The process of getting a short sale approved involves a packet of documents that includes bank statements, tax returns, letters explaining any other sources of income and a hardship letter explaining why a short sale is being sought. After the packet is submitted to a mortgage servicer, it has to be entered into the system, a person has to be assigned to it, and an appraisal has to be ordered for the property. On average, it took loan servicers 91/2 weeks to respond to a short sale offer, Campbell’s survey found.
“You’ve got to stay on top of these banks,” said James Orrico, a real estate agent at Professional Residential Brokerage LLC in Oak Brook, Ill. “I call on my files every day. If you don’t stay on top of them, you’ll lose it.”
A number of factors are contributing to the delay. Lenders say their top priority is keeping people in their homes, and their own and the government’s loan modification programs are taking the bulk of their resources. “The modification program was just like an atom bomb that dropped on servicers,” said Matt McCabe of National Short Sale Center, a company that acts as a negotiator between borrowers and mortgage lenders. “They had a really hard time reacting to that increased demand.”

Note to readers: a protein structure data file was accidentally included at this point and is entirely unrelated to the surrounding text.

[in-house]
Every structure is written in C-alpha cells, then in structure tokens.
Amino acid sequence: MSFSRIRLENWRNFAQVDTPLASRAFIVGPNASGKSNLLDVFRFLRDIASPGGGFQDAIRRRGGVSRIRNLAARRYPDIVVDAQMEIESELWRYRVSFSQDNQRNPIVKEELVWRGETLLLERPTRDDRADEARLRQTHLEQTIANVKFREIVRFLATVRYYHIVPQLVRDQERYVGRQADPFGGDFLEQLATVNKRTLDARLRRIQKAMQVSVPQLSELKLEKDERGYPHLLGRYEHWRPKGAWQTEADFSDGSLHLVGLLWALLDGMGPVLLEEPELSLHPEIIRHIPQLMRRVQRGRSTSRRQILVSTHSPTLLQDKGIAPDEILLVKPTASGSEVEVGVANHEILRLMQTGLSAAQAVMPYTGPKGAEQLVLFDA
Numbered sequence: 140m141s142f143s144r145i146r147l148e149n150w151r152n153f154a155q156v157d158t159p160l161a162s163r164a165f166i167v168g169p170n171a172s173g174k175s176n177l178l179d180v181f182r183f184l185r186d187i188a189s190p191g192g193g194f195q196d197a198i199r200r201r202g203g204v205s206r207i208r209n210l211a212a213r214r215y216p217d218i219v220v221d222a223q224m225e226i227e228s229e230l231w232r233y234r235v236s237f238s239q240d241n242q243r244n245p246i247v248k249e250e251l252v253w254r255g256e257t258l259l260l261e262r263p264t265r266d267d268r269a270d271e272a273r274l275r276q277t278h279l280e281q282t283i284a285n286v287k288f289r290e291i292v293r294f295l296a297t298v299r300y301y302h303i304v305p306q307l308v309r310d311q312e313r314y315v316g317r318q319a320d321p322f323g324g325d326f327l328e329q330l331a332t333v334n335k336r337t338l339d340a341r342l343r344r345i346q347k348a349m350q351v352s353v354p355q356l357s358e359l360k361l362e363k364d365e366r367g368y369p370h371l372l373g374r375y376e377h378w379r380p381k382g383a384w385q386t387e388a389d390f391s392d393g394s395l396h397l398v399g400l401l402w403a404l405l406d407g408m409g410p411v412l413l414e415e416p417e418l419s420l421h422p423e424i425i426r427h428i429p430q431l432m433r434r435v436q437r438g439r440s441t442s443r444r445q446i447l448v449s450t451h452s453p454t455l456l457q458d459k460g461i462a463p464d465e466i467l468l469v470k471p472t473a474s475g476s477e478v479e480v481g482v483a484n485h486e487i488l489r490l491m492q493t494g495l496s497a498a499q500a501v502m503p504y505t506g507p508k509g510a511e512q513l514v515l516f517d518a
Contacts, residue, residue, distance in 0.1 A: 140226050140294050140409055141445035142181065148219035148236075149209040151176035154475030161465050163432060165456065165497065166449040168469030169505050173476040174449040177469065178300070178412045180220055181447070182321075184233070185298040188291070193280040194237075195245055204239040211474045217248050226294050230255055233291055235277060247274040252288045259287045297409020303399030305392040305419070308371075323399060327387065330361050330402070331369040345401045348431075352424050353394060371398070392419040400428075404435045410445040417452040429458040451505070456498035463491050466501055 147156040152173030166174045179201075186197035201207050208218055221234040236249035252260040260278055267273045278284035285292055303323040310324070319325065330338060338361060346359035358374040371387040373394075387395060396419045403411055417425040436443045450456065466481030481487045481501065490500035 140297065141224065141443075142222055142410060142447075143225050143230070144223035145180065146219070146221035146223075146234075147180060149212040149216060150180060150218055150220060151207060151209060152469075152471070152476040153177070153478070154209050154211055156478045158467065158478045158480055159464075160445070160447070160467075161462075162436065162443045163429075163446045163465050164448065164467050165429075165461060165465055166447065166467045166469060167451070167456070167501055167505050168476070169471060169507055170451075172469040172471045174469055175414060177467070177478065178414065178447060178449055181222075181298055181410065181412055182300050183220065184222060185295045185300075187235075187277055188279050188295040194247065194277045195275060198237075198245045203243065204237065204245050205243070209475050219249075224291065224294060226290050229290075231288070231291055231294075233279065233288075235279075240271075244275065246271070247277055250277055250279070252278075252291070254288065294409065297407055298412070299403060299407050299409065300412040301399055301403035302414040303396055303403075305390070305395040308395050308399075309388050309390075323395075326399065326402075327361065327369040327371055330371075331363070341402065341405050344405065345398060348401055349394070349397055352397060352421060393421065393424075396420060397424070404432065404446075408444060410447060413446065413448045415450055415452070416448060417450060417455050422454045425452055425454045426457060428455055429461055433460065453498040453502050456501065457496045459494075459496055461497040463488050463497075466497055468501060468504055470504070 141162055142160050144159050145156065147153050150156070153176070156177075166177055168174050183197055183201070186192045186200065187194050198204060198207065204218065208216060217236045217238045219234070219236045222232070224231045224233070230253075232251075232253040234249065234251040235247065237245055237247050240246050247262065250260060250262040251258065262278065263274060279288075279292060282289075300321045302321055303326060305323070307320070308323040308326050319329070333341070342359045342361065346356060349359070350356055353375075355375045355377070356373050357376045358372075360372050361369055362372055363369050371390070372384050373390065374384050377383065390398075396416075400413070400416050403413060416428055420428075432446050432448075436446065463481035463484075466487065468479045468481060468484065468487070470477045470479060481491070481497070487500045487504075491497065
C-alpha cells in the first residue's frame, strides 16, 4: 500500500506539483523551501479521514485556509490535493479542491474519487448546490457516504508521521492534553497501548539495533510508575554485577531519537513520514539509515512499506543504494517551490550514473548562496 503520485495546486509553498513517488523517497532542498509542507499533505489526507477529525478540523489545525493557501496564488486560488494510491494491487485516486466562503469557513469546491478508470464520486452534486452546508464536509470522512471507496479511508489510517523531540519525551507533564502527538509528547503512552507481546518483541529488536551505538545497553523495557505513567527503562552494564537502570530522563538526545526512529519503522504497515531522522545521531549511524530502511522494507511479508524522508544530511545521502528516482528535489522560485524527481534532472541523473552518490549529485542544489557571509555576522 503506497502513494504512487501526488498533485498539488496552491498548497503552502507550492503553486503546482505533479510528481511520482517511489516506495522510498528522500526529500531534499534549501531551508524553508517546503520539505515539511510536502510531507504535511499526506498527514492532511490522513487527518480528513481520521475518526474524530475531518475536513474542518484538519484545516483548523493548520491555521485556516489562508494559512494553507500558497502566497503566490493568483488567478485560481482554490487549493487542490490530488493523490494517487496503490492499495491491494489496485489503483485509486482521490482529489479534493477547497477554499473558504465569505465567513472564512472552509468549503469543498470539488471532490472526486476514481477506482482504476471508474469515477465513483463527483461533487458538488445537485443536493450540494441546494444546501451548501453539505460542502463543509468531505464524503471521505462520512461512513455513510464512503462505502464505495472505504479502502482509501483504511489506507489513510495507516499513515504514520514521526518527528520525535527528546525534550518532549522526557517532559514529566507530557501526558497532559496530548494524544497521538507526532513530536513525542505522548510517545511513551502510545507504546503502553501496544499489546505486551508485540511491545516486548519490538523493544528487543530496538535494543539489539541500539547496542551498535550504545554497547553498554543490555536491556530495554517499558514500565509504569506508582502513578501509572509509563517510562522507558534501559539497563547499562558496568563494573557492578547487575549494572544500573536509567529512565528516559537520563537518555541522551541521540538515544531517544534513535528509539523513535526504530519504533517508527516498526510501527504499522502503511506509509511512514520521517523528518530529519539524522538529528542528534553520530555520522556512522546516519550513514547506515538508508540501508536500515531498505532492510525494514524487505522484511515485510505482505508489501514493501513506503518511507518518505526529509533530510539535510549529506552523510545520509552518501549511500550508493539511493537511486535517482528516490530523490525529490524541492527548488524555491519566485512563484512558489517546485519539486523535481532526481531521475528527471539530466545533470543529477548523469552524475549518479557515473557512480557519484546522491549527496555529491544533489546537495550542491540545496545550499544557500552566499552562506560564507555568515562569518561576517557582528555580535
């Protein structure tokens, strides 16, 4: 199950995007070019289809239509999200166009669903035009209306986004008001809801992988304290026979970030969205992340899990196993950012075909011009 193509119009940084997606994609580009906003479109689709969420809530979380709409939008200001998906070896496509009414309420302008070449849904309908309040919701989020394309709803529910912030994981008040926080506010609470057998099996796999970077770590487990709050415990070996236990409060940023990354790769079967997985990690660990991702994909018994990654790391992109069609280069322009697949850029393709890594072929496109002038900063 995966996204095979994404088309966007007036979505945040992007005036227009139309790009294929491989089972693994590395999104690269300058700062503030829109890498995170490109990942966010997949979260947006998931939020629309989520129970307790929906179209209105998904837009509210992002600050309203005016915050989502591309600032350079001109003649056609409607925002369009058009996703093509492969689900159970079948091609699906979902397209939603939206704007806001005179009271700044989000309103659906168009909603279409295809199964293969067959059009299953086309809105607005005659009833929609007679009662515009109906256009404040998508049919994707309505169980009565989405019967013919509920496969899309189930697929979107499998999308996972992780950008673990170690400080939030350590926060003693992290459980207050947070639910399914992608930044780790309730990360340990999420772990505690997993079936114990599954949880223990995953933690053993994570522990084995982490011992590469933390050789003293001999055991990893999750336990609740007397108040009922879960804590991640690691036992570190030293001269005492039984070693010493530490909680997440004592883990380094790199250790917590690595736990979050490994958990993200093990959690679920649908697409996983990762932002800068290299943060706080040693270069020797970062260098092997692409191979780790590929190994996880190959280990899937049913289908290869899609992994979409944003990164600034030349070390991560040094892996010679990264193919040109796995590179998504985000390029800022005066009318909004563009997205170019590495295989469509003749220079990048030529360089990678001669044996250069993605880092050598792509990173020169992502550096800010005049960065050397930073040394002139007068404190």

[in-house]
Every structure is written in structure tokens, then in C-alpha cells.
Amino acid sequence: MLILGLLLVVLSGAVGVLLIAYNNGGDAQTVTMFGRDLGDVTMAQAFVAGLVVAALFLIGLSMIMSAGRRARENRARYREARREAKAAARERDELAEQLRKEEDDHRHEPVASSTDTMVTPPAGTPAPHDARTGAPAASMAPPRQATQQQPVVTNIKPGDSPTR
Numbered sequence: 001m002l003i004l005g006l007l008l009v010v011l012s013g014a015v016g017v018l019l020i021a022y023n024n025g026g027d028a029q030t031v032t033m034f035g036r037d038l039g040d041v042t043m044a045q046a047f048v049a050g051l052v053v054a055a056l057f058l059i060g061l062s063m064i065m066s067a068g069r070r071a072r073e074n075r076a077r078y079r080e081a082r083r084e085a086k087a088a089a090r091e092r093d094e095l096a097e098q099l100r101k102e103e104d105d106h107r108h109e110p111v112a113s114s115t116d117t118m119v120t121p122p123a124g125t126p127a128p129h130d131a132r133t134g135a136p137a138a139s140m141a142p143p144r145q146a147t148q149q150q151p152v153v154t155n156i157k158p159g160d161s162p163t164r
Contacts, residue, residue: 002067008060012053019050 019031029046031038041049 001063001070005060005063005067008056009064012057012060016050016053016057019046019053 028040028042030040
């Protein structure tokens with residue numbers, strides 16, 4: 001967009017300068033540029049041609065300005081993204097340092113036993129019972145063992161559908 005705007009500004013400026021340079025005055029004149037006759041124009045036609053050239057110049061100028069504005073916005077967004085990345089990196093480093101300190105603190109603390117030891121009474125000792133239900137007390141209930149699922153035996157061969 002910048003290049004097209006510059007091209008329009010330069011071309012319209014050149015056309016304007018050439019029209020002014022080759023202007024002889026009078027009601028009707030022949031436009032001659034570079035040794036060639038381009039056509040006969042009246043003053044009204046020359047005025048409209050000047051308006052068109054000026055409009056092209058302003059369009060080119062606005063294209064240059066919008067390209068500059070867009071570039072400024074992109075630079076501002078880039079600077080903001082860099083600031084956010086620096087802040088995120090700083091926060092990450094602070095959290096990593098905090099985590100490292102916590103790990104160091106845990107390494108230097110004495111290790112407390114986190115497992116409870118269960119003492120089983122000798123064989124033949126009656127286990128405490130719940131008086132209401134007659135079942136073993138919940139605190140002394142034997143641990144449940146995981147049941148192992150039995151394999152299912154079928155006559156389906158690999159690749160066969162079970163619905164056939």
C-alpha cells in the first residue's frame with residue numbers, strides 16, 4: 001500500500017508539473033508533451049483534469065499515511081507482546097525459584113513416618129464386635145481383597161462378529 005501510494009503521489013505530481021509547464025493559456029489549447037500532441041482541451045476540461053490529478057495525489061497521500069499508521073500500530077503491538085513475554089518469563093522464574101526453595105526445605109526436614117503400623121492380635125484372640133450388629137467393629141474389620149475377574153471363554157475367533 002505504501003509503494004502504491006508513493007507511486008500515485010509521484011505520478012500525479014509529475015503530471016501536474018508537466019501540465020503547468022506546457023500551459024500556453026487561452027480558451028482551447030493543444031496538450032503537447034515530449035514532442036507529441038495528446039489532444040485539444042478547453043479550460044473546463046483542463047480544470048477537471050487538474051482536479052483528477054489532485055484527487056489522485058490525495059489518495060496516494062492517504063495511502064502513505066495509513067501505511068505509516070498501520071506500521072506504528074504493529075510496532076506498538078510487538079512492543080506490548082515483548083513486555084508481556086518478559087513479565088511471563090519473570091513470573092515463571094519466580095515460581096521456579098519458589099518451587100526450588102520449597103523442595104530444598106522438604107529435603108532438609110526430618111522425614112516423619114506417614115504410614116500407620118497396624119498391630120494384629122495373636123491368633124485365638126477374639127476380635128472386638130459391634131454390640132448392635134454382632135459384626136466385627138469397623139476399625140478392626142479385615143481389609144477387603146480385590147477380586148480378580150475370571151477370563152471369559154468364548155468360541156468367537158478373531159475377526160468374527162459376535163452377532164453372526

Also delaying the process is that if a home can’t be saved, servicers are keen on trying to recover as much as possible for what could be multiple investors and that requires a fair amount of due diligence. “The challenge is buyers always want to pay as little as possible and sellers want to receive as much as possible,” said Tom Kelly, a spokesman for JPMorgan Chase, which services 10.3 million mortgages. “The bank is the server in the middle.”
From a prospective buyer’s standpoint, purchasing a short sale property can be preferable to a foreclosure because if the borrower stills owns the home, he or she is likely to take better care of it.
However, with so many distressed properties for sale, and other homes selling conventionally at drastically reduced prices, there’s a wealth of inventory available allowing buyers to get a quick yea or nay to their offer. Some buyers make offers on multiple short sales or write the offers so they can walk away if a lender doesn’t respond within a certain time frame.
(c) 2009, Chicago Tribune.
Distributed by McClatchy-Tribune Information Services.